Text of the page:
Today’s therapies must be put in the context of both currently available treatments as well as treatment trials with exciting potential for use in the near future. Current clinical trial methodologies do not allow for clear separation of symptomatic treatments from disease-modifying therapies; it may be unproductive to maintain this distinction given the current range of treatments available. A more currently relevant focus is added value. Therapies should aim to provide added value through incremental benefits above and beyond existing treatments, as well as enduring benefits.
Alzheimer’s disease (AD) treatment guidelines are not used by physicians only. Healthcare payers often make use of these guidelines to delimit coverage. Cost concerns will also impact AD treatments after generic cholinesterase inhibitors are made available; it is widely believed that a great number of patients will switch to generics. Therefore, treatment guidelines must account for the possible adverse effects of switching therapies as well as the desirability of persistent treatment. There are many AD treatment guidelines, among them the American Academy of Neurology (AAN) Management of Dementia Guidelines, which are currently being revised. The Institute for the Study on Aging (ISOA) Management of Alzheimer’s Disease in Managed Care Guideline also presents a different approach for a different audience.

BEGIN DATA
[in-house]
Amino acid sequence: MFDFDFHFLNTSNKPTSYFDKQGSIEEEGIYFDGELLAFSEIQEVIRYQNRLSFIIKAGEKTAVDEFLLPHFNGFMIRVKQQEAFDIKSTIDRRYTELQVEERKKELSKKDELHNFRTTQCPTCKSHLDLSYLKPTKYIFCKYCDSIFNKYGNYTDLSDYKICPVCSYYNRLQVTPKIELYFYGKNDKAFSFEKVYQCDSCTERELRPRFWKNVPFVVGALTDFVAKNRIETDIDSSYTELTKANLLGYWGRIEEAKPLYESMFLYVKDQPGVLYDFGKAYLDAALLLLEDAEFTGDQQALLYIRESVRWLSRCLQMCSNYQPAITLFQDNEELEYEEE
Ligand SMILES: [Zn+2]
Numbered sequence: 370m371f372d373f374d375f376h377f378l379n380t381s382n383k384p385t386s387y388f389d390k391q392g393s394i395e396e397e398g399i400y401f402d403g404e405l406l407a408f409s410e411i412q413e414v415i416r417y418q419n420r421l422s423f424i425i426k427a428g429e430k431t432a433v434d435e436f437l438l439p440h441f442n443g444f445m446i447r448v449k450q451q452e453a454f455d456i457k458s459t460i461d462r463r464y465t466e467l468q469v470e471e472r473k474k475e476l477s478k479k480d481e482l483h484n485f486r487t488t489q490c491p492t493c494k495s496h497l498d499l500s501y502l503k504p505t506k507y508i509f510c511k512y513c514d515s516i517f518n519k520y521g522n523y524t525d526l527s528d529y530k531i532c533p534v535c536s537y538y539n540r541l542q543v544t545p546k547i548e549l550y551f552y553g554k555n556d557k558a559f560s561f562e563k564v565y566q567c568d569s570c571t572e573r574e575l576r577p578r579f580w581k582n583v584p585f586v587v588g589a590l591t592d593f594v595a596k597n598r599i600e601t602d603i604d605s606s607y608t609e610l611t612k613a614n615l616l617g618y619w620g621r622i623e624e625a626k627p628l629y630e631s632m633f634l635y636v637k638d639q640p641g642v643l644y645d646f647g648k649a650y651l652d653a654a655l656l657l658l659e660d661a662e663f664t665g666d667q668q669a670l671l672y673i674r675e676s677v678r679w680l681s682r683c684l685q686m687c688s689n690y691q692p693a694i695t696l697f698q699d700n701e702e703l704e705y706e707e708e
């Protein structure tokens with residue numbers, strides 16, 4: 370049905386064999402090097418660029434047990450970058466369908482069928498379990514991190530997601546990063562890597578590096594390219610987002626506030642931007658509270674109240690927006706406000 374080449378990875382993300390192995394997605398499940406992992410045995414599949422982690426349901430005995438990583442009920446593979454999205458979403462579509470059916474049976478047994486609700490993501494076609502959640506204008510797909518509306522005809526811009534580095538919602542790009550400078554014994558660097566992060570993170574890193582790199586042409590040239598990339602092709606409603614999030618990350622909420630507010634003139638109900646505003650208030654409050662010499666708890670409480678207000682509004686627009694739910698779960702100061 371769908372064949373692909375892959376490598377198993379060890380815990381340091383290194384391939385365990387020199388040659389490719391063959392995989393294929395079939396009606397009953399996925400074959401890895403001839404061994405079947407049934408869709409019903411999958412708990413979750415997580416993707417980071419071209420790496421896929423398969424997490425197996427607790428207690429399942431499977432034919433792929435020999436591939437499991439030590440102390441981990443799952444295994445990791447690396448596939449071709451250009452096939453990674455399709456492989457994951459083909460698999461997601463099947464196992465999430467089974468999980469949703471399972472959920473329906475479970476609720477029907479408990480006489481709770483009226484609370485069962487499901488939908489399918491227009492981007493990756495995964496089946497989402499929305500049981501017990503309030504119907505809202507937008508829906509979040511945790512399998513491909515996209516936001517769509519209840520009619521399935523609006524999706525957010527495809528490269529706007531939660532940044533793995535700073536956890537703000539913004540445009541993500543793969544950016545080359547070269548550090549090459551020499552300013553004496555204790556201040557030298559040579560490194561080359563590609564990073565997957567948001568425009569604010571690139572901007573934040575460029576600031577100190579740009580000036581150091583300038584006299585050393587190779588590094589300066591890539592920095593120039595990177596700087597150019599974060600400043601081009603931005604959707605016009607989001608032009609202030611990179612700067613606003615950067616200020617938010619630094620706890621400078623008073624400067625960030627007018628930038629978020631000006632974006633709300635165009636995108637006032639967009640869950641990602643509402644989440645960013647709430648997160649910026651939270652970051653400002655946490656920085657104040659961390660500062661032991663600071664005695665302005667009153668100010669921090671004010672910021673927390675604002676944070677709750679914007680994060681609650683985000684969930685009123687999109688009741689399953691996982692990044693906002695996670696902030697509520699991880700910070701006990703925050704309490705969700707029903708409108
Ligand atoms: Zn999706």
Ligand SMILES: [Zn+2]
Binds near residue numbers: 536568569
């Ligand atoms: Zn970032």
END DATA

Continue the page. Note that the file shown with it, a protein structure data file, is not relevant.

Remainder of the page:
The first step to creating evidence-based best practices guidelines is to determine what is meant by “evidence.” A system of classification exists for examining forms of evidence: Class I evidence is provided by one or more well-designed, randomized, controlled clinical trials, including overviews or meta-analyses of such trials. Class II evidence is provided by well-designed observational studies with concurrent controls; for example, case-control studies that generate hypotheses about epidemiologic associations. Class III evidence is provided by expert opinion, case series, case reports, and studies with historical controls.